Boakes, E. H., McGowan, P. J. K., Fuller, R. A., Chang-qing, D., Clark, N. E., O’Connor, K., and Mace, G. M. (2010). Distorted views of biodiversity: spatial and temporal bias in species occurrence data. PLoS Biology 8, e1000385.
CrossRef |

Booth, J. E., Gaston, K. J., Evans, K. L., and Armsworth, P. R. (2011). The value of species rarity in biodiversity recreation: a birdwatching example. Biological Conservation 144, 2728–2732.
CrossRef |

Burnham, K. P., and Anderson, D. R. (2002). ‘Model Selection and Multimodel Inference: A Practical Information-Theoretic Approach’, 2nd edn. (Springer-Verlag: New York.)

Clayton, S., and Myers, G. (2009). ‘Conservation Psychology: Understanding and Promoting Human Care for Nature.’ (Wiley-Blackwell: Chichester, UK.)

Danielsen, F., Burgess, N. D., Balmford, A., Donald, P. F., Funder, M., Jones, J. P. G., Alviola, P., Balete, D. S., Blomley, T., Brashares, J., Child, B., Enghoff, M., Fjeldsa, J., Holt, S., Hubertz, H., Jensen, A. E., Jensen, P. M., Massao, J., Mendoza, M. M., Ngaga, Y., Poulsen, M. K., Rueda, R., Sam, M., Skielboe, T., Stuart-Hill, G., Topp-Jorgensen, E., and Yonten, D. (2009). Local participation in natural resource monitoring: a characterization of approaches. Conservation Biology 23, 31–42.
CrossRef |

Dennis, R. L. H., and Thomas, C. D. (2000). Bias in butterfly distribution maps: the influence of hot spots and recorder’s home range. Journal of Insect Conservation 4, 73–77.
CrossRef |

Dunn, A. M., and Weston, M. A. (2008). A review of terrestrial bird atlases of the world and their application. Emu 108, 42–67.
CrossRef |

ESRI Inc. (2002). ‘ArcView GIS 3.3.’ (Environmental Systems Research Institute Inc.: Redlands, CA.)

ESRI Inc. (2008). ‘ArcGIS 9.3.’ (Environmental Systems Research Institute Inc.: Redlands, CA.)

Field, S. A., Tyre, A. J., and Possingham, H. P. (2002). Estimating bird species richness: how should repeat surveys be organized in time? Austral Ecology 27, 624–629.
CrossRef |

Field, S. A., Tyre, A. J., and Possingham, H. P. (2005). Optimizing allocation of monitoring effort under economic and observational constraints. Journal of Wildlife Management 69, 473–482.
CrossRef |

Garnett, S., Szabo, J. K., and Dutton, G. (2011). ‘The Action Plan for Australian Birds 2010.’ (CSIRO Publishing: Melbourne.)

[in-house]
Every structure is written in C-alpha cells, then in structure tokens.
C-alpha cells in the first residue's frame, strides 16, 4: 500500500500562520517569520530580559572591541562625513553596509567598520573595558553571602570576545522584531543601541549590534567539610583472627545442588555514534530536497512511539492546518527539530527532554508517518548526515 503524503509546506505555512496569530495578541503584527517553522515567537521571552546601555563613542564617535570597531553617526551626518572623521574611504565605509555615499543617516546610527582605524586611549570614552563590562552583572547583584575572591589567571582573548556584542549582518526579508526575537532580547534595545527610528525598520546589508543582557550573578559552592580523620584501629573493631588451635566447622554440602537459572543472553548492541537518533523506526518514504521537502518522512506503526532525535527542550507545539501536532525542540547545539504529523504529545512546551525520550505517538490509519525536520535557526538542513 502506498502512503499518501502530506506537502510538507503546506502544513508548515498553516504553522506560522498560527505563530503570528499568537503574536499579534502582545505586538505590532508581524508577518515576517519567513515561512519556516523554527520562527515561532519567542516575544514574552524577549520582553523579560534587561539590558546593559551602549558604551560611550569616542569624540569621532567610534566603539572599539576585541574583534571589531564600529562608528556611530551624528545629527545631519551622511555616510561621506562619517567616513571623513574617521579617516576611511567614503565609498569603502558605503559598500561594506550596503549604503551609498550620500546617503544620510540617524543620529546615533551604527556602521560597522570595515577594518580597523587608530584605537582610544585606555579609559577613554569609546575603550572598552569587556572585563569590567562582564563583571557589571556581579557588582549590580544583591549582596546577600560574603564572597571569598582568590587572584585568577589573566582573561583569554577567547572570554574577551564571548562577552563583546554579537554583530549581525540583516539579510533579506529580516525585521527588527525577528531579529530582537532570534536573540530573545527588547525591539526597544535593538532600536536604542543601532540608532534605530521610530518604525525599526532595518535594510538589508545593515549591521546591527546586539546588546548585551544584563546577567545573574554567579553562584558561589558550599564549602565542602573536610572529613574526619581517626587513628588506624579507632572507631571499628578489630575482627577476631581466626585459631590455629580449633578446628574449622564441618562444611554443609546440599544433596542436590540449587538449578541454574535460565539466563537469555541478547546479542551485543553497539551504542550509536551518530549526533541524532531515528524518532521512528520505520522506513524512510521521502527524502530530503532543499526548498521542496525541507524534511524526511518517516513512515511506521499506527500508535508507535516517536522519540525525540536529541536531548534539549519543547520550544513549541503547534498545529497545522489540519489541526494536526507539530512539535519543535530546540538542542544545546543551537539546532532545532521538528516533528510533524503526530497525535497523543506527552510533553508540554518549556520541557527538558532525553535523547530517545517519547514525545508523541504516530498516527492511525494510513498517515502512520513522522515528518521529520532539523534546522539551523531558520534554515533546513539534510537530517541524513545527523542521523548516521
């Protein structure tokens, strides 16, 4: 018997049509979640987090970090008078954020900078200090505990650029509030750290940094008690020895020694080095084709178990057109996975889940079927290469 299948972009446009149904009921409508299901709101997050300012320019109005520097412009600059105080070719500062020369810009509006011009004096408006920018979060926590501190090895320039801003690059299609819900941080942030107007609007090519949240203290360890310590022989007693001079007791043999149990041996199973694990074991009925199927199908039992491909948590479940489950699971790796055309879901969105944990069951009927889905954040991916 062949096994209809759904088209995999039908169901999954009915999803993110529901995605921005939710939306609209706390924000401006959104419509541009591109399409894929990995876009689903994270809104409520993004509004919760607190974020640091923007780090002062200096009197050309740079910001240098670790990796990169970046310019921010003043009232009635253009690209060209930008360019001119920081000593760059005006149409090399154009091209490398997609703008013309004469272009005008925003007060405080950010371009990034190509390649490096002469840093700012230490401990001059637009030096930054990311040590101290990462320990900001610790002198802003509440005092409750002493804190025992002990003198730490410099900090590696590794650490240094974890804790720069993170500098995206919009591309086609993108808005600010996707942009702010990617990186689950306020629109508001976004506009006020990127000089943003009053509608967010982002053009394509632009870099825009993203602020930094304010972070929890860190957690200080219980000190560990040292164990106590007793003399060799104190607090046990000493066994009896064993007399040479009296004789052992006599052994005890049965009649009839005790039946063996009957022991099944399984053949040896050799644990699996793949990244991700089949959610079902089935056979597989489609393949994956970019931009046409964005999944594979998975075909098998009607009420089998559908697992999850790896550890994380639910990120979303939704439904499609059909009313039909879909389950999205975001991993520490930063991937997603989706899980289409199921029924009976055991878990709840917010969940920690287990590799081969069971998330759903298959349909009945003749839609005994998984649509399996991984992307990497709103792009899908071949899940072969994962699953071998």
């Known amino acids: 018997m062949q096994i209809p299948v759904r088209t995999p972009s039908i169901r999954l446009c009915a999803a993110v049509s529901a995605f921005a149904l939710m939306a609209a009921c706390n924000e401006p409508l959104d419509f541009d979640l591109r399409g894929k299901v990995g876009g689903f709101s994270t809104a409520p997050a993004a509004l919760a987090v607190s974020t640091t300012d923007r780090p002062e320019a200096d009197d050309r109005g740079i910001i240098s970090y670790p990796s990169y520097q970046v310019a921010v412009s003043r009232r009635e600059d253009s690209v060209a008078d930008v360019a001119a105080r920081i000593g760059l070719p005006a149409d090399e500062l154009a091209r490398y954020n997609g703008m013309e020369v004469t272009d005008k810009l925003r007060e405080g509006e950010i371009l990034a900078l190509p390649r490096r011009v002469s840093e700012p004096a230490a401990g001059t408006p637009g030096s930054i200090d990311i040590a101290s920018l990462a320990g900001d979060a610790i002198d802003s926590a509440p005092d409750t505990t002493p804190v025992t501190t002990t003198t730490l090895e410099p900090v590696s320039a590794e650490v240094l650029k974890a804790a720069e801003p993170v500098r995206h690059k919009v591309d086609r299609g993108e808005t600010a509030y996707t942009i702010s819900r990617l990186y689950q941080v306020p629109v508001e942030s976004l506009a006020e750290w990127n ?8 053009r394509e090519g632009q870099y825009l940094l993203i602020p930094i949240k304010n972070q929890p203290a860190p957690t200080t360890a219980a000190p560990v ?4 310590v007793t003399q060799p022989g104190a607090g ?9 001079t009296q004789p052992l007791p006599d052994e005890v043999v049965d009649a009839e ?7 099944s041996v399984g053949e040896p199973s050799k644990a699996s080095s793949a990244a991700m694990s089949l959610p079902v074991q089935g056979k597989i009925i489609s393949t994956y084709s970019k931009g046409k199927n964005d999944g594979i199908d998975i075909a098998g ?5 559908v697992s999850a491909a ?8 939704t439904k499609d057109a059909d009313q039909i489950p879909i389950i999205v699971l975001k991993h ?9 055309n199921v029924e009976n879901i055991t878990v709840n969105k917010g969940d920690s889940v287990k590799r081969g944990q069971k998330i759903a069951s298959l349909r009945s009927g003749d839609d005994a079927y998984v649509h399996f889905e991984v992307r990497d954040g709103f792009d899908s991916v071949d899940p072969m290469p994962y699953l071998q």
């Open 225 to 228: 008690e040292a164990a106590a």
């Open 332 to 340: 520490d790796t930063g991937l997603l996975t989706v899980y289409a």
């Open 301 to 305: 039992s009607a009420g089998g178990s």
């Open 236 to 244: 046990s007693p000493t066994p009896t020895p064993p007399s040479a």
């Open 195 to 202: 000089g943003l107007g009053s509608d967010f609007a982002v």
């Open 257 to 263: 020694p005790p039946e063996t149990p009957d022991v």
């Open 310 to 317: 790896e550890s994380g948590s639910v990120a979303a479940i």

Gelman, A., and Hill, J. (2007). ‘Data Analysis Using Regression and Multilevel/Hierarchical Models.’ (Cambridge University Press: Cambridge, UK.)

Greenwood, J. J. D. (2007). Citizens, science and bird conservation. Journal of Ornithology 148, 77–124.
CrossRef |

Gregory, R. D., and van Strien, A. (2010). Wild bird indicators: using composite population trends of birds as measures of environmental health. Ornithological Science 9, 3–22.
CrossRef |

Gregory, R. D., Noble, D., Field, R., Marchant, J., Raven, M., and Gibbons, D. W. (2003). Using birds as indicators of biodiversity. Ornis Hungarica 12–13, 11–24.

Gu, W. D., and Swihart, R. K. (2004). Absent or undetected? Effects of non-detection of species occurrence on wildlife–habitat models. Biological Conservation 116, 195–203.
CrossRef |

Hall, L. S., and Mannan, R. W. (1999). Multiscaled habitat selection by Elegant Trogons in southeastern Arizona. Journal of Wildlife Management 63, 451–461.
CrossRef |

Higgins, P. J. (Ed.) (1999). ‘Handbook of Australian, New Zealand and Antarctic Birds. Vol. 4: Parrots to Dollarbird.’ (Oxford University Press: Melbourne.)

Higgins, P. J., and Davies, S. J. J. F. (Eds) (1996). ‘Handbook of Australian, New Zealand and Antarctic Birds. Vol. 3: Snipe to Pigeons.’ (Oxford University Press: Melbourne.)

Higgins, P. J., and Peter, J. M. (Eds) (2002). ‘Handbook of Australian, New Zealand and Antarctic Birds. Vol. 6: Pardalotes to Shrike-thrushes.’ (Oxford University Press: Melbourne.)

Higgins, P. J., Peter, J. M., and Steele, W. K. (Eds) (2001). ‘Handbook of Australian, New Zealand and Antarctic Birds. Vol. 5: Tyrant-flycatchers to Chats.’ (Oxford University Press: Melbourne.)

Higgins, P. J., Peter, J. M., and Cowling, S. J. (Eds) (2006). ‘Handbook of Australian, New Zealand and Antarctic Birds. Vol. 7: Boatbill to Starlings.’ (Oxford University Press: Melbourne)

Hooge, P. N., Eichenlaub, W. M., and Solomon, E. K. (1999). Using GIS to analyze animal movements in the marine environment. United States Geological Survey, Anchorage, AK.

Hopper, S. D., and Gioia, P. (2004). The southwest Australian floristic region: evolution and conservation of a global hot spot of biodiversity. Annual Review of Ecology Evolution and Systematics 35, 623–650.
CrossRef |

Mac Nally, R., Ellis, M., and Barrett, G. (2004). Avian biodiversity monitoring in Australian rangelands. Austral Ecology 29, 93–99.
CrossRef |

MacKenzie, D. I., Nichols, J. D., Sutton, N., Kawanishi, K., and Bailey, L. L. (2005). Improving inferences in population studies of rare species that are detected imperfectly. Ecology 86, 1101–1113.
CrossRef |

Marchant, S., and Higgins, P. J. (Eds) (1990). ‘Handbook of Australian, New Zealand and Antarctic Birds. Vol. 1: Ratites to Ducks.’ (Oxford University Press: Melbourne.)

Marchant, S., and Higgins, P. J. (Eds) (1993). ‘Handbook of Australian, New Zealand and Antarctic Birds. Vol. 2: Raptors to Lapwings.’ (Oxford University Press: Melbourne.)

Marchesan, D., and Carthew, S. M. (2008). Use of space by the Yellow-footed Antechinus, Antechinus flavipes, in a fragmented landscape in South Australia. Landscape Ecology 23, 741–752.
CrossRef |

Mittermeier, R. A., Robles Gil, P., Hoffmann, M., Pilgrim, J., Brooks, T., Goettsch Mittermeier, C., Lamoreux, J., and Da Fonseca, G. A. B. (Eds) (2004). ‘Hotspots Revisited: Earth’s Biologically Richest and Most Endangered Terrestrial Ecoregions.’ (Cemex: Mexico City.)

Munson, M. A., Caruana, R., Fink, D., Hochachka, W. M., Iliff, M., Rosenberg, K. V., Sheldon, D., Sullivan, B. L., Wood, C., and Kelling, S. (2010). A method for measuring the relative information content of data from different monitoring protocols. Methods in Ecology and Evolution 1, 263–273.